Eugene Charniak is a Computer Science and Cognitive Science professor at Brown University. He has an A.B. in Physics from The University of Chicago and a Ph.D. from M.I.T. in Computer Science. His research has always been in the area of language understanding or technologies which relate to it, such as knowledge representation, reasoning under uncertainty, and learning. Since the early 1990s he has been interested in statistical techniques for language understanding. His research in this area has included work in the subareas of part-of-speech tagging, probabilistic context-free grammar induction, and, more recently, syntactic disambiguation through word statistics, efficient syntactic parsing, and lexical resource acquisition through statistical means.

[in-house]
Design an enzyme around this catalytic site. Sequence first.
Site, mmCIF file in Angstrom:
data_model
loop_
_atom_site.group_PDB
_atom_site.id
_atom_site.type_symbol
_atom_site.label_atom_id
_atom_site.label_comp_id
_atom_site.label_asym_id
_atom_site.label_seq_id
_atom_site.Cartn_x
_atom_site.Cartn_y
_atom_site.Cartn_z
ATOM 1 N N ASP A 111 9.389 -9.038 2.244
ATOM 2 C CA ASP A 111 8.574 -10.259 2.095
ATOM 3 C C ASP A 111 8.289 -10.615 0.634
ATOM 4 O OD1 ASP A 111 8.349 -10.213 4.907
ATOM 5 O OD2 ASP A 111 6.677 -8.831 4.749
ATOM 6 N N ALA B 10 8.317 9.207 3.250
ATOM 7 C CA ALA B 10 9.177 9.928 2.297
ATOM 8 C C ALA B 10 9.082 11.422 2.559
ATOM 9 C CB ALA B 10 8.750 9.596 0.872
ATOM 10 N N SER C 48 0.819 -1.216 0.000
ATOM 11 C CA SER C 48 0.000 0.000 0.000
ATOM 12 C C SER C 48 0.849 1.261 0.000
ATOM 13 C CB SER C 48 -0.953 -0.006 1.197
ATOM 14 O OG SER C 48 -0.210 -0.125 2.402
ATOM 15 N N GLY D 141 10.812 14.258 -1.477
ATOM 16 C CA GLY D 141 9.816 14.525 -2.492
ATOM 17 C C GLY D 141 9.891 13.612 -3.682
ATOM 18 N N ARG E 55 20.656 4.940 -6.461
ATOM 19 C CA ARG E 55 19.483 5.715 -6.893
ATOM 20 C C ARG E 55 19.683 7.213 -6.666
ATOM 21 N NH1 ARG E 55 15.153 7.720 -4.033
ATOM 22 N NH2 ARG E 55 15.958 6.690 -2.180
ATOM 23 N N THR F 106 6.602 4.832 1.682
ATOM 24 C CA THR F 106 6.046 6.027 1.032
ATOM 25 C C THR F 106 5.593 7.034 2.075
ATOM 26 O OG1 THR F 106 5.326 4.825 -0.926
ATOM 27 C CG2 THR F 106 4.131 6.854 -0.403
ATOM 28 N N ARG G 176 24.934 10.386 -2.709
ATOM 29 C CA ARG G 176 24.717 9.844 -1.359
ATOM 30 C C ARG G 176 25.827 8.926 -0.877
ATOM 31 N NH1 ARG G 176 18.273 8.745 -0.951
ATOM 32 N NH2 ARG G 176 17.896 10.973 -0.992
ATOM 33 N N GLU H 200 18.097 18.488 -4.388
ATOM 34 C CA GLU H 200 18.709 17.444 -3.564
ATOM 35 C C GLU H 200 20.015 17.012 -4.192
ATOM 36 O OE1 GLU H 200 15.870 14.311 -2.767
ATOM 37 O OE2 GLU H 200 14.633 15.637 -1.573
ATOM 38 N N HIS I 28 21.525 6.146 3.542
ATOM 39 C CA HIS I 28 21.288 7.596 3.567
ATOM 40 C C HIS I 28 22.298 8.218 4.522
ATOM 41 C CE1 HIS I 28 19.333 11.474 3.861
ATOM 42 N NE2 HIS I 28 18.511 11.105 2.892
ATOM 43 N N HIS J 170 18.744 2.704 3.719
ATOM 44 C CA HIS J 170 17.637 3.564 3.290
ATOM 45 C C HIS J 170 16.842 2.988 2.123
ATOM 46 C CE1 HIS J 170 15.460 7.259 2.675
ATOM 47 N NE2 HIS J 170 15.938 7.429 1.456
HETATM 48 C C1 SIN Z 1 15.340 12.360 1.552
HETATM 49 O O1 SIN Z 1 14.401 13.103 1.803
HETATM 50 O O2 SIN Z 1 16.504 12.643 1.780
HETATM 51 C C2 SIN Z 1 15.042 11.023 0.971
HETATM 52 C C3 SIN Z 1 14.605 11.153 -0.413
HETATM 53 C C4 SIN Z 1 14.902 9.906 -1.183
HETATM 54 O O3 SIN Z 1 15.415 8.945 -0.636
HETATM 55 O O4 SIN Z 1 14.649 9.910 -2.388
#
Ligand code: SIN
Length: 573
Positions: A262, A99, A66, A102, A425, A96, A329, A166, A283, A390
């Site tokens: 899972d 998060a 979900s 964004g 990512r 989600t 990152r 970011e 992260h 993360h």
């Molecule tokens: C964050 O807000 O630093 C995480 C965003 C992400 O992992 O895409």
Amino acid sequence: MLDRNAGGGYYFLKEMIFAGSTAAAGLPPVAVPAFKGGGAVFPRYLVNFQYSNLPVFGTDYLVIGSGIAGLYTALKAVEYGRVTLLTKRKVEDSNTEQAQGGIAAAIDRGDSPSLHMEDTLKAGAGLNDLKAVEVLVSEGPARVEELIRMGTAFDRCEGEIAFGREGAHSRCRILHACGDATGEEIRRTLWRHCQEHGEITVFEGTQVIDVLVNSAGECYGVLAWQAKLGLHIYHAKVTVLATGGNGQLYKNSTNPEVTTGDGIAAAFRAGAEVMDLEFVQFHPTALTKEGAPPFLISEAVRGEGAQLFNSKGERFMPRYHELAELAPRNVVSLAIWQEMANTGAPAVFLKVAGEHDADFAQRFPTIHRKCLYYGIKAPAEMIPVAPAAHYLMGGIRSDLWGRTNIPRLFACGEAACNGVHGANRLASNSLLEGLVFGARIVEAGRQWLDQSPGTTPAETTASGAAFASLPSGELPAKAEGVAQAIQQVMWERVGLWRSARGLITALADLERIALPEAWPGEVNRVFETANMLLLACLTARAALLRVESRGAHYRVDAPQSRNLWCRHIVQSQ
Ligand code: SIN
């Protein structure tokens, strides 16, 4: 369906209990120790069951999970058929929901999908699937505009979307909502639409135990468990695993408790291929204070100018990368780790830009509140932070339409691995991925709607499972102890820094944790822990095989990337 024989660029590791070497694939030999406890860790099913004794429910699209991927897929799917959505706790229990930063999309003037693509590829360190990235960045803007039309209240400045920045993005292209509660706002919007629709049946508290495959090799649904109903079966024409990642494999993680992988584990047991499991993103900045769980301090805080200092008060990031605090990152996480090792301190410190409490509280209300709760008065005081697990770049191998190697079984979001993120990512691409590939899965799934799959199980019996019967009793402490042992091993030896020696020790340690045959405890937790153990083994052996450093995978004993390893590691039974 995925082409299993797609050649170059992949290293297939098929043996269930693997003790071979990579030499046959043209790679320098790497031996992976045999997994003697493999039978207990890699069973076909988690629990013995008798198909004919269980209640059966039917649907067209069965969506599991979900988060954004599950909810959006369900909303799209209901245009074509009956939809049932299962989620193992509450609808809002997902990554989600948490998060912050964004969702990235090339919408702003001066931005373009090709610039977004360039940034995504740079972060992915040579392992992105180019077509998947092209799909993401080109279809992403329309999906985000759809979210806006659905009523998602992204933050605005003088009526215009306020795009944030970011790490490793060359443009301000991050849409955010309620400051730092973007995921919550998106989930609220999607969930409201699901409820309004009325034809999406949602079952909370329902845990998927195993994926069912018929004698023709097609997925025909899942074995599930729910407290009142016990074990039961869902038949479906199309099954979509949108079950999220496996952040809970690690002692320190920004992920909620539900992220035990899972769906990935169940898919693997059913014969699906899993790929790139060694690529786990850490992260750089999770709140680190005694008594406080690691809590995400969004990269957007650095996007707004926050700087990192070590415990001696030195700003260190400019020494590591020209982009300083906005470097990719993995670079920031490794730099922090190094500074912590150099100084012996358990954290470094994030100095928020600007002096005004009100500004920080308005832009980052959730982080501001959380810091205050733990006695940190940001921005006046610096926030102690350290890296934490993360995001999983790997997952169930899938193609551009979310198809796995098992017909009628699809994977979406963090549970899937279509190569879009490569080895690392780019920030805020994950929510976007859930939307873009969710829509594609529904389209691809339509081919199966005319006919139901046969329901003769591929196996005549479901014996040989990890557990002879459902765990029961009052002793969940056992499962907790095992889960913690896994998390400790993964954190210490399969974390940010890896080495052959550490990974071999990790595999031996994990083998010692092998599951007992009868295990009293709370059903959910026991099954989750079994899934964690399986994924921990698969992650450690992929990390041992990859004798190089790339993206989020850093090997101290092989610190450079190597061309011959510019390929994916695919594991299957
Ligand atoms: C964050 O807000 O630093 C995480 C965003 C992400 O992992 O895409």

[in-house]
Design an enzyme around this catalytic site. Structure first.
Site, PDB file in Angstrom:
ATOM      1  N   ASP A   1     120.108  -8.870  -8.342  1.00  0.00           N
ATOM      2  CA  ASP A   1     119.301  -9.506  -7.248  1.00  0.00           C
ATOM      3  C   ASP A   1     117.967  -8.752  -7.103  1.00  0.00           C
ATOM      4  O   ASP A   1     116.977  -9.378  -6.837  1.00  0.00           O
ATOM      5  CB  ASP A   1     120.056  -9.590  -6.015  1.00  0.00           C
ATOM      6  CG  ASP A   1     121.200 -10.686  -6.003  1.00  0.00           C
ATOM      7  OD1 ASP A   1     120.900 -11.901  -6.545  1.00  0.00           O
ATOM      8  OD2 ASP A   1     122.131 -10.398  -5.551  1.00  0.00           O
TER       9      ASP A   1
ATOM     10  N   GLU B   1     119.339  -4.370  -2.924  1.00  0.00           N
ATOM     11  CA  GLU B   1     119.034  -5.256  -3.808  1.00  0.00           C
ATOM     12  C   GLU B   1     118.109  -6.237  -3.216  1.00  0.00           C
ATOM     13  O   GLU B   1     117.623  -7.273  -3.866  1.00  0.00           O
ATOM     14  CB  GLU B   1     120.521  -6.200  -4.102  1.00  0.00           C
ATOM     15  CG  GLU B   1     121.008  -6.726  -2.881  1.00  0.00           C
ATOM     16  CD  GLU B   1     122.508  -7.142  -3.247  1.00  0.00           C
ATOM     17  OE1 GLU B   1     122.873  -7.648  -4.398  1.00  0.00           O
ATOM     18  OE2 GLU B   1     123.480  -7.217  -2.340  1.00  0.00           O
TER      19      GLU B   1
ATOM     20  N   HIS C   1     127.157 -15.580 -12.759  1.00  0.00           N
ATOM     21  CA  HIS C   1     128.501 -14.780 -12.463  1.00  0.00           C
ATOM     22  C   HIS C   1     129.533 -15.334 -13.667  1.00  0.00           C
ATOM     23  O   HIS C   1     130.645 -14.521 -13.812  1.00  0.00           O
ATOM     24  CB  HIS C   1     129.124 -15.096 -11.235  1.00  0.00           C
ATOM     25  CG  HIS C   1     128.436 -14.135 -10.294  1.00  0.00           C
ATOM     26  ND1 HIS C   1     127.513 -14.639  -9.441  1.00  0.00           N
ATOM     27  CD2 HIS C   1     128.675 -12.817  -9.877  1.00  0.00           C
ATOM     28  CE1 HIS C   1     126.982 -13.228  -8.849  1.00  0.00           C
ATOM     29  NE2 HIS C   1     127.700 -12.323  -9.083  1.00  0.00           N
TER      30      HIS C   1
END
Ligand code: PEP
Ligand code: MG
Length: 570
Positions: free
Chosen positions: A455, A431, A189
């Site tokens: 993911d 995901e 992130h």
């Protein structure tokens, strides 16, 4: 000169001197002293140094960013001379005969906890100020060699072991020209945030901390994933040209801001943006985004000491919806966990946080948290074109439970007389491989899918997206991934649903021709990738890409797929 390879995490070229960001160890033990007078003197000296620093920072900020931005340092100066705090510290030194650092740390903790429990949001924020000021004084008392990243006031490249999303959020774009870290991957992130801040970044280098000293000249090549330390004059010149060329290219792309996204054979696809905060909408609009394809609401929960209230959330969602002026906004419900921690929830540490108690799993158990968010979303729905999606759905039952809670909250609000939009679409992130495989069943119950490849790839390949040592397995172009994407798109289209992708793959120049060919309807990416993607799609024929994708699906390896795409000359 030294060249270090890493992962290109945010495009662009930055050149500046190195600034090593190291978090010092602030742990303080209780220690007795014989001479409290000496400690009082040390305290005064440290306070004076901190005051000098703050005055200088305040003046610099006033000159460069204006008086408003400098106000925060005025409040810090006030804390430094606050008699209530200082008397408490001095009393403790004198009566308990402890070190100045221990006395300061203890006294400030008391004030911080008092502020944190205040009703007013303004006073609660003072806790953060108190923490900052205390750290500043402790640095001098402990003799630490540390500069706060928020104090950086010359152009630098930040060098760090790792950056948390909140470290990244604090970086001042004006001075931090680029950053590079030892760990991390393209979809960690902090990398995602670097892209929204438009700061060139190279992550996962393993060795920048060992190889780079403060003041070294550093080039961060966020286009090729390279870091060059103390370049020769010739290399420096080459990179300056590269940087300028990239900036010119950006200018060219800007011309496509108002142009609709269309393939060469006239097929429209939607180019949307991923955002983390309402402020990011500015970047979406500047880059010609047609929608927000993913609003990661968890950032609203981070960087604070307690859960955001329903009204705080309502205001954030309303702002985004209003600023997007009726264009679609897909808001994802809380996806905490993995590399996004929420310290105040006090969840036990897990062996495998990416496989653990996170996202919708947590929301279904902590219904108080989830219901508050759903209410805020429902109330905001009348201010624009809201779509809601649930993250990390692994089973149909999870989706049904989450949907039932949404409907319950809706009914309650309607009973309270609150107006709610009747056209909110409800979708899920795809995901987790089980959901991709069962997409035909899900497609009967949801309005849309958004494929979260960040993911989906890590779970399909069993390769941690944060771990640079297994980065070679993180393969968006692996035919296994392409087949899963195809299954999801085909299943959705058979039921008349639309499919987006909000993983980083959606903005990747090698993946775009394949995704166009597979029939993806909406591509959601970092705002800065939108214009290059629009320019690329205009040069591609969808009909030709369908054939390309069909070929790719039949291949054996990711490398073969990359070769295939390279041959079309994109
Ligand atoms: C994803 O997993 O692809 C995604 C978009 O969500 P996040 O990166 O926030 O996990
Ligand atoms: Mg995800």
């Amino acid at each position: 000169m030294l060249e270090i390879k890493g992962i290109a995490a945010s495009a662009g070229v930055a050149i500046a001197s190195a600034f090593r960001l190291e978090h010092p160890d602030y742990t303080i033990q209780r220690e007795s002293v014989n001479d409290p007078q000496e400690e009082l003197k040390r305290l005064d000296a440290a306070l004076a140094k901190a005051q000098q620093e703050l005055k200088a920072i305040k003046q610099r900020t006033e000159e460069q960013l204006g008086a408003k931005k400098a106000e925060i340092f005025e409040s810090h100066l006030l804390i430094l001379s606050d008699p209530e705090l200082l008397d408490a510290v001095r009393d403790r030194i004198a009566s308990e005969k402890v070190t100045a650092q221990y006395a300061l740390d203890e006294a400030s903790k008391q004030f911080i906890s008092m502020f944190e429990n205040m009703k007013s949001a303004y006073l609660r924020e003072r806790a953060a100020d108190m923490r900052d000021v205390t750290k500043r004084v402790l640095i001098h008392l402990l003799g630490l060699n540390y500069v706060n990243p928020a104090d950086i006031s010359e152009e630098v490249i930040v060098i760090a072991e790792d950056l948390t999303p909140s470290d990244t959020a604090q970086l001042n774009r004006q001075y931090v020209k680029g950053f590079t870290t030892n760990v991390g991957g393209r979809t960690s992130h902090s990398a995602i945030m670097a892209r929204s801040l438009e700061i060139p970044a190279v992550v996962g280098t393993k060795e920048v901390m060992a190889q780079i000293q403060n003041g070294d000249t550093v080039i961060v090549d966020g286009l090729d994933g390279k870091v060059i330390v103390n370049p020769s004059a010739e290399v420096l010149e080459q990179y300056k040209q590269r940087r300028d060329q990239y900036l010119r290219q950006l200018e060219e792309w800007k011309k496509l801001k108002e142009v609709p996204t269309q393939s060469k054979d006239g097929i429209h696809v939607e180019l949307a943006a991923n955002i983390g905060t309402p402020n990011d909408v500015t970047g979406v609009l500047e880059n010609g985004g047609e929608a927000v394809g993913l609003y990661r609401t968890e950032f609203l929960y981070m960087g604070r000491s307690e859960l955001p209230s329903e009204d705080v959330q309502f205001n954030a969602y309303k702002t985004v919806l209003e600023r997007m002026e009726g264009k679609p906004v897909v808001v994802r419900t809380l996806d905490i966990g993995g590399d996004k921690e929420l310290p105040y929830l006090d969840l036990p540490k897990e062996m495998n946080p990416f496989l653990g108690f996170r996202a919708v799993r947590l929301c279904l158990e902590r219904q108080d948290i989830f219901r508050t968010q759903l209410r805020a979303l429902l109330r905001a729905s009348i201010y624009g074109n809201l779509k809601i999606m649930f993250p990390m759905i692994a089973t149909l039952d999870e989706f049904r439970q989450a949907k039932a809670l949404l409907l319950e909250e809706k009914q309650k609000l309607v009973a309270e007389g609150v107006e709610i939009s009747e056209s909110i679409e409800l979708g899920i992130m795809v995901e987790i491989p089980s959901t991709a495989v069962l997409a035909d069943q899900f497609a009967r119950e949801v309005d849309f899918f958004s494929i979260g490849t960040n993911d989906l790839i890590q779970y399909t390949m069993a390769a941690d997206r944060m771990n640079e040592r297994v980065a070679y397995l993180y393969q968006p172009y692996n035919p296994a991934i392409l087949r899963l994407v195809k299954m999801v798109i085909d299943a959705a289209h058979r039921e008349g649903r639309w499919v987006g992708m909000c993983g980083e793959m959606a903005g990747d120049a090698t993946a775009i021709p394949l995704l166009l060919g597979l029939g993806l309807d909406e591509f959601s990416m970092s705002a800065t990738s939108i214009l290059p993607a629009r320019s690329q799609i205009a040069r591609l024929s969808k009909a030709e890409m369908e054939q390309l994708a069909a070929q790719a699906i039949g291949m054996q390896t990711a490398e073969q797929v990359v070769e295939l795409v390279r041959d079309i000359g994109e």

He is a Fellow of the American Association of Artificial Intelligence and was previously a Councilor of the organization. He was also honored with the 2011 Association for Computational Linguistics Lifetime Achievement Award and awarded the 2011 Calvin & Rose G Hoffman Prize. In 2011, he was named a fellow of the Association for Computational Linguistics. In 2015, he won the Association for the Advancement of Artificial Intelligence (AAAI) Classic Paper Award for a paper (“Statistical Parsing with a Context-Free Grammar and Word Statistics”) that he presented at the Fourteenth National Conference on Artificial Intelligence in 1997.